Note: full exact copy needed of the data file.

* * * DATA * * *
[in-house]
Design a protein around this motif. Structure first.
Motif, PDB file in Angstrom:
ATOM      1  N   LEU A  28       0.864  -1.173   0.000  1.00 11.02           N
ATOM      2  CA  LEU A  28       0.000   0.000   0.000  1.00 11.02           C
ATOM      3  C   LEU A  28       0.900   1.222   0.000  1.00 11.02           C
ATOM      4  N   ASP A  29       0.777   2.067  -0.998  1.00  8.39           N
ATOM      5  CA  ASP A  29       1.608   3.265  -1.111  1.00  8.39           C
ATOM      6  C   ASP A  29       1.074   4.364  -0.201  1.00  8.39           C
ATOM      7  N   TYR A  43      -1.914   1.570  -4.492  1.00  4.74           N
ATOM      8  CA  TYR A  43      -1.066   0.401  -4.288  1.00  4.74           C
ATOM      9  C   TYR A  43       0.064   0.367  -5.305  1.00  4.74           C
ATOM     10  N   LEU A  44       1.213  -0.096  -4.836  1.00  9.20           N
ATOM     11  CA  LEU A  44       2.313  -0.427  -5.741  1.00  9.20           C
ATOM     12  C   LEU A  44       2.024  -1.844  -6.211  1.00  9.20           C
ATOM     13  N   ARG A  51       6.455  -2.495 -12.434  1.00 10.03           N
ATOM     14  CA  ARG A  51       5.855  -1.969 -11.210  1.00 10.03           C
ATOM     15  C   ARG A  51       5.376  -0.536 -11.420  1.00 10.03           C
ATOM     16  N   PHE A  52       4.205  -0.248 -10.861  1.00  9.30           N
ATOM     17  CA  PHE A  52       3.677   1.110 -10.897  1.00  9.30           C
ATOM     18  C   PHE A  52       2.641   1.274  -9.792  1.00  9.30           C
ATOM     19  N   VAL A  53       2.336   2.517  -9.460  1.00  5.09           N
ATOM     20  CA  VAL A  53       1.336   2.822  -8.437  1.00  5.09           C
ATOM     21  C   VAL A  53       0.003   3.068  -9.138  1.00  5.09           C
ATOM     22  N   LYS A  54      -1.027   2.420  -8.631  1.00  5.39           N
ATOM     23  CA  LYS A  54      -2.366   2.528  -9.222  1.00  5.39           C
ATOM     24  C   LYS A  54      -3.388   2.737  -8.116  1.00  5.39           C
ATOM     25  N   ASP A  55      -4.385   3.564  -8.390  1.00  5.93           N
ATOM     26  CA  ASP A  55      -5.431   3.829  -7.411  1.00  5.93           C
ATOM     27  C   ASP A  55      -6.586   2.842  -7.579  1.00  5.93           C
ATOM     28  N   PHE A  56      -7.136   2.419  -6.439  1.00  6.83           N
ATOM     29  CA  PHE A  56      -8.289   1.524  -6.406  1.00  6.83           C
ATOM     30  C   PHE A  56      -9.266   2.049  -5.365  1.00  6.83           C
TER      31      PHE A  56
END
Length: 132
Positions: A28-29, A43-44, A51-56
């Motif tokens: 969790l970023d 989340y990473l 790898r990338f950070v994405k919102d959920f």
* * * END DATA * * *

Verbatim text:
[in-house]
Design a protein around this motif. Structure first.
Motif, PDB file in Angstrom:
ATOM      1  N   LEU A  28       0.864  -1.173   0.000  1.00 11.02           N
ATOM      2  CA  LEU A  28       0.000   0.000   0.000  1.00 11.02           C
ATOM      3  C   LEU A  28       0.900   1.222   0.000  1.00 11.02           C
ATOM      4  N   ASP A  29       0.777   2.067  -0.998  1.00  8.39           N
ATOM      5  CA  ASP A  29       1.608   3.265  -1.111  1.00  8.39           C
ATOM      6  C   ASP A  29       1.074   4.364  -0.201  1.00  8.39           C
ATOM      7  N   TYR A  43      -1.914   1.570  -4.492  1.00  4.74           N
ATOM      8  CA  TYR A  43      -1.066   0.401  -4.288  1.00  4.74           C
ATOM      9  C   TYR A  43       0.064   0.367  -5.305  1.00  4.74           C
ATOM     10  N   LEU A  44       1.213  -0.096  -4.836  1.00  9.20           N
ATOM     11  CA  LEU A  44       2.313  -0.427  -5.741  1.00  9.20           C
ATOM     12  C   LEU A  44       2.024  -1.844  -6.211  1.00  9.20           C
ATOM     13  N   ARG A  51       6.455  -2.495 -12.434  1.00 10.03           N
ATOM     14  CA  ARG A  51       5.855  -1.969 -11.210  1.00 10.03           C
ATOM     15  C   ARG A  51       5.376  -0.536 -11.420  1.00 10.03           C
ATOM     16  N   PHE A  52       4.205  -0.248 -10.861  1.00  9.30           N
ATOM     17  CA  PHE A  52       3.677   1.110 -10.897  1.00  9.30           C
ATOM     18  C   PHE A  52       2.641   1.274  -9.792  1.00  9.30           C
ATOM     19  N   VAL A  53       2.336   2.517  -9.460  1.00  5.09           N
ATOM     20  CA  VAL A  53       1.336   2.822  -8.437  1.00  5.09           C
ATOM     21  C   VAL A  53       0.003   3.068  -9.138  1.00  5.09           C
ATOM     22  N   LYS A  54      -1.027   2.420  -8.631  1.00  5.39           N
ATOM     23  CA  LYS A  54      -2.366   2.528  -9.222  1.00  5.39           C
ATOM     24  C   LYS A  54      -3.388   2.737  -8.116  1.00  5.39           C
ATOM     25  N   ASP A  55      -4.385   3.564  -8.390  1.00  5.93           N
ATOM     26  CA  ASP A  55      -5.431   3.829  -7.411  1.00  5.93           C
ATOM     27  C   ASP A  55      -6.586   2.842  -7.579  1.00  5.93           C
ATOM     28  N   PHE A  56      -7.136   2.419  -6.439  1.00  6.83           N
ATOM     29  CA  PHE A  56      -8.289   1.524  -6.406  1.00  6.83           C
ATOM     30  C   PHE A  56      -9.266   2.049  -5.365  1.00  6.83           C
TER      31      PHE A  56
END
Length: 132
Positions: A28-29, A43-44, A51-56
């Motif tokens: 969790l970023d 989340y990473l 790898r990338f950070v994405k919102d959920f």